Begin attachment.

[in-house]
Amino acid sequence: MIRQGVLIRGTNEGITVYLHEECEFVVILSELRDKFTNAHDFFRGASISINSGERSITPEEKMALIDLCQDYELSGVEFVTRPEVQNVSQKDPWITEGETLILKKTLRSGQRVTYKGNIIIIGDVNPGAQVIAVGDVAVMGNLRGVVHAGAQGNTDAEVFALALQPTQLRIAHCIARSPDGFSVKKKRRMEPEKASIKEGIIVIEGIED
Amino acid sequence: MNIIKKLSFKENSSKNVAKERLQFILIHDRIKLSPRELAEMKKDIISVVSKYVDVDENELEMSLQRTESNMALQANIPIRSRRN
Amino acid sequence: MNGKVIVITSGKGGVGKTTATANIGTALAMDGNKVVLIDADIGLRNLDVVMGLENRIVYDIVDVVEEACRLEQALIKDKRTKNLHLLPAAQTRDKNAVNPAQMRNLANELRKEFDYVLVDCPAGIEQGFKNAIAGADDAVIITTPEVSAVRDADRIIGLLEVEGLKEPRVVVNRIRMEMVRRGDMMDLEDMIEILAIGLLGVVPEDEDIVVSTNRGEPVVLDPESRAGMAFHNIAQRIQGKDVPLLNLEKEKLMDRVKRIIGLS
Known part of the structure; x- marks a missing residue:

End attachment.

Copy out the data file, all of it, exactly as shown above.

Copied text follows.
[in-house]
Amino acid sequence: MIRQGVLIRGTNEGITVYLHEECEFVVILSELRDKFTNAHDFFRGASISINSGERSITPEEKMALIDLCQDYELSGVEFVTRPEVQNVSQKDPWITEGETLILKKTLRSGQRVTYKGNIIIIGDVNPGAQVIAVGDVAVMGNLRGVVHAGAQGNTDAEVFALALQPTQLRIAHCIARSPDGFSVKKKRRMEPEKASIKEGIIVIEGIED
Amino acid sequence: MNIIKKLSFKENSSKNVAKERLQFILIHDRIKLSPRELAEMKKDIISVVSKYVDVDENELEMSLQRTESNMALQANIPIRSRRN
Amino acid sequence: MNGKVIVITSGKGGVGKTTATANIGTALAMDGNKVVLIDADIGLRNLDVVMGLENRIVYDIVDVVEEACRLEQALIKDKRTKNLHLLPAAQTRDKNAVNPAQMRNLANELRKEFDYVLVDCPAGIEQGFKNAIAGADDAVIITTPEVSAVRDADRIIGLLEVEGLKEPRVVVNRIRMEMVRRGDMMDLEDMIEILAIGLLGVVPEDEDIVVSTNRGEPVVLDPESRAGMAFHNIAQRIQGKDVPLLNLEKEKLMDRVKRIIGLS
Known part of the structure; x- marks a missing residue: